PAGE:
The P-125 also has a straightforward user interface, much like the P-45. Cycling through the different sounds requires the player to simultaneously press the function button and the key which triggers the different voices. This is where the Smart Pianist App comes into play. You can connect the P-125 to the Smart Pianist App on an IOS device which immediately opens up a very interactive digital interface. Yamaha are yet to expand this to Android devices, but they do have plans to do so. 

The P-125 is a little taller and has a bit more depth than the P-45 but it is still very light and portable, weighing in at only 11.8kg. You also have the option to upgrade to a 3 pedal unit with the P-125, so it is a bit more future proof in that regard. 

Casio CDP-S110 – £339

The Casio CDP-S110 is Casio’s first entry on my list. The CDP-S110 has been a really popular stage piano for those who aren’t wanting to spend as much money. It’s the most affordable on my list, but that doesn’t mean it’s the worst. The Casio CDP has been a very popular entry-level piano range for a good few years now. Chances are if you’re looking for one you will have heard of the CDP range. THE CDP-S110 is Casio’s attempt to improve on their very successful S100.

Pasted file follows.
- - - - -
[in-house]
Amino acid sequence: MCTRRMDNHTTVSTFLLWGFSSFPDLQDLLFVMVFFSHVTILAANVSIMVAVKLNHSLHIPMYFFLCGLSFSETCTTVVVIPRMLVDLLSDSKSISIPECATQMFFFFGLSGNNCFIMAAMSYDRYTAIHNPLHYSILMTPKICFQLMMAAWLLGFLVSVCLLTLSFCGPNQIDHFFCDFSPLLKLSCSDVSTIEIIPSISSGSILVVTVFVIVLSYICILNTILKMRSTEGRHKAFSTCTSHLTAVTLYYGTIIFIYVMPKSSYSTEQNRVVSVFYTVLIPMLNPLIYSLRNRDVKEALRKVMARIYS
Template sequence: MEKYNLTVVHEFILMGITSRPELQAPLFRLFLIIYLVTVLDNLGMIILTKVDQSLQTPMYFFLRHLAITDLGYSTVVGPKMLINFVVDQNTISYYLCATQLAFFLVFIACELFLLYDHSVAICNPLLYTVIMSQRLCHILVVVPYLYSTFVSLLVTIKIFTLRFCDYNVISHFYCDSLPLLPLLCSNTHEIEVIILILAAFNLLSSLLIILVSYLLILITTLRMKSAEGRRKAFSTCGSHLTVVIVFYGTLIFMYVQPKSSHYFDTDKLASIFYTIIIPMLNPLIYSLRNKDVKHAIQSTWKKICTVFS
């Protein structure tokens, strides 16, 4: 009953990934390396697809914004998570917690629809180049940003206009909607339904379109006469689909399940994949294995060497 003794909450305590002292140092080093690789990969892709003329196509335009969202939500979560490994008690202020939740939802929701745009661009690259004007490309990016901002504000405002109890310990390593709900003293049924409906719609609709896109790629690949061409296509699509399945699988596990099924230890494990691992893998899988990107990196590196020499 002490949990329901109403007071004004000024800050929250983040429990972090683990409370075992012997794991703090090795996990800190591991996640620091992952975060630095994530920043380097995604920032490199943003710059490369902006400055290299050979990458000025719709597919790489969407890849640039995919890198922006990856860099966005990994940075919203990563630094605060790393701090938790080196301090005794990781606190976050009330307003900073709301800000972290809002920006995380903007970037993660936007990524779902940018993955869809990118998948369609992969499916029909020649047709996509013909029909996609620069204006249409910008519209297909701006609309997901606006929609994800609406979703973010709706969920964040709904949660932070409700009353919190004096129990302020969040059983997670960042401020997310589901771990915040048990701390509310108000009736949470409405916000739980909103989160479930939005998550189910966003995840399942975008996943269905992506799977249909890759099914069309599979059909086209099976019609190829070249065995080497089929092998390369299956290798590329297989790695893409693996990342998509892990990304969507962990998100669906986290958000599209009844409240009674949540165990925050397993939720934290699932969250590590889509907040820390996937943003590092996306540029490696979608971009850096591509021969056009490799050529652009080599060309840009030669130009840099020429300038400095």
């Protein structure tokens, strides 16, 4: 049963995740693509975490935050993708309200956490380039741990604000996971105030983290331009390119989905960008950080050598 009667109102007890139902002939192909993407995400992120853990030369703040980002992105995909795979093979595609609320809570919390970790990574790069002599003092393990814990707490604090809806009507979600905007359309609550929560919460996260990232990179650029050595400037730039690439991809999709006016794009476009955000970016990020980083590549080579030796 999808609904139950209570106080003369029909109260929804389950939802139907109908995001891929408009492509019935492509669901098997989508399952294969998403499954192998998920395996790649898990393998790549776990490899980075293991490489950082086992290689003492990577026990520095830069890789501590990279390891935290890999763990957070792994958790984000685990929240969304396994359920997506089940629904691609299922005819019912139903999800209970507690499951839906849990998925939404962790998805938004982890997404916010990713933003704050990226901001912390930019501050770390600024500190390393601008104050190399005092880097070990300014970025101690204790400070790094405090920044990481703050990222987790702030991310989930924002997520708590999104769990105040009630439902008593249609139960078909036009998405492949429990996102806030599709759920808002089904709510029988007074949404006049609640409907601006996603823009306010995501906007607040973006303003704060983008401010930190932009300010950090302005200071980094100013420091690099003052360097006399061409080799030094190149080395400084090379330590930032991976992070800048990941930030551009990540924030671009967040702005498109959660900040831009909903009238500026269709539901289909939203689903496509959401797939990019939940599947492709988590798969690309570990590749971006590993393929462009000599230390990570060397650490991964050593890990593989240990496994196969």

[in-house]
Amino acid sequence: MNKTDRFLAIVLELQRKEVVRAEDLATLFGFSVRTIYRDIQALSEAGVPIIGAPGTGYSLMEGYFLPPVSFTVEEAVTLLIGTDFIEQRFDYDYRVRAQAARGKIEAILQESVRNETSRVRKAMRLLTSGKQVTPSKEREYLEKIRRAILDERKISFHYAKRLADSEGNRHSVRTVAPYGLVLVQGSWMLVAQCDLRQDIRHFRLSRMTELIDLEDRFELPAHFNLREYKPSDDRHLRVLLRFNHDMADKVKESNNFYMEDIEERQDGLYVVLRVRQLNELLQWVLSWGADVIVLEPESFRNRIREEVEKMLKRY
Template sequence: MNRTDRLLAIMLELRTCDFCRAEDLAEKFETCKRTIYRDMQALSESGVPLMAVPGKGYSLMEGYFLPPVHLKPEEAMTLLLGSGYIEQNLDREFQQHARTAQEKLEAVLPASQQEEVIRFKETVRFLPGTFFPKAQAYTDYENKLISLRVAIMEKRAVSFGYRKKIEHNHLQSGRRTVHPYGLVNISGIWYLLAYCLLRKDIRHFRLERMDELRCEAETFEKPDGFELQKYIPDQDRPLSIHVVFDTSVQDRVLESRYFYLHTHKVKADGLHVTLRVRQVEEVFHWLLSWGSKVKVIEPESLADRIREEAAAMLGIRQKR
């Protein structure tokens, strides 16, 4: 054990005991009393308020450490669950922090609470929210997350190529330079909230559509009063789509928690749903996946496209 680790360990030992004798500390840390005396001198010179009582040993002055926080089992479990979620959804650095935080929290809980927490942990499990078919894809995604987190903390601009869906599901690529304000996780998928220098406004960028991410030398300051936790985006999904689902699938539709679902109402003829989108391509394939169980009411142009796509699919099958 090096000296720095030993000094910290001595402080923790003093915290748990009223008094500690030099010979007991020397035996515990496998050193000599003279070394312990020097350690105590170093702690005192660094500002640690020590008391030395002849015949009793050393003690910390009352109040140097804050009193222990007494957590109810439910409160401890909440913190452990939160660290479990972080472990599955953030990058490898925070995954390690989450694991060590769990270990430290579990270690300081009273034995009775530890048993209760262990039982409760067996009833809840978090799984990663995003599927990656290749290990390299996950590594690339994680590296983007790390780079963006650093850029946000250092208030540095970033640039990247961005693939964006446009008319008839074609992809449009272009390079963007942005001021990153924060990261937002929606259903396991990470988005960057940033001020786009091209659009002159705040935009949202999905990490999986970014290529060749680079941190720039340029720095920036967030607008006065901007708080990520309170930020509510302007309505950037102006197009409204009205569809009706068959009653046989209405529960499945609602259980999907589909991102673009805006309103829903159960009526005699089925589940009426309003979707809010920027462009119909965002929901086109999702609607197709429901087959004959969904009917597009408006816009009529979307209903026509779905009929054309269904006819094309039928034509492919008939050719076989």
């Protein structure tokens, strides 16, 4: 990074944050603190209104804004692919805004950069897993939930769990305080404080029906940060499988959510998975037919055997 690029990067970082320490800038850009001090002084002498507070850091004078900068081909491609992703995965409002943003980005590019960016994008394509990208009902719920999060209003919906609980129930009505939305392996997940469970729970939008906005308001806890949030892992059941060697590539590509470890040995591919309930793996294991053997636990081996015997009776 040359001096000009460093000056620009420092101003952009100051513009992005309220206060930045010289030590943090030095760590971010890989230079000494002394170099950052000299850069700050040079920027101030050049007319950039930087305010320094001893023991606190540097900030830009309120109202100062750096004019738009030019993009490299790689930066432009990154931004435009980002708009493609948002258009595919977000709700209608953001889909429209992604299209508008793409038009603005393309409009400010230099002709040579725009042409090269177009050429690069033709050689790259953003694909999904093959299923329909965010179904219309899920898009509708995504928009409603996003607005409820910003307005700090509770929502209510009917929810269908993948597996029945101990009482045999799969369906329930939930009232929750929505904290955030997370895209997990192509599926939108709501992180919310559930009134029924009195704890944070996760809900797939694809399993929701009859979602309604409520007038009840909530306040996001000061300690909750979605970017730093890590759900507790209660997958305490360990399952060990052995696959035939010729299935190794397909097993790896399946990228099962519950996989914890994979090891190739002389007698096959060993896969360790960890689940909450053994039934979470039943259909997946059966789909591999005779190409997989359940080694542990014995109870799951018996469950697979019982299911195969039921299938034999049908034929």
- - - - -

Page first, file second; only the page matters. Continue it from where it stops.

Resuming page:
There are weighted keys on this model and Casio have used the Scaled Hammer Action II keyboard, which is a fully weighted 88 keyboard. Although weighted, the touch on this model is a little lighter than the Yamaha Graded Hammer Standard Keyboards. On the keyboard, there’s a slightly textured surface which will help your fingers from slipping off the keys. There are 10 sounds that the player can choose between, which was the same as the previous CDP S100. What you can now do, though, is layer 2 different sounds which will play 2 of the inbuilt piano sounds at the same time. This can be really nice if layering e.g. piano and strings.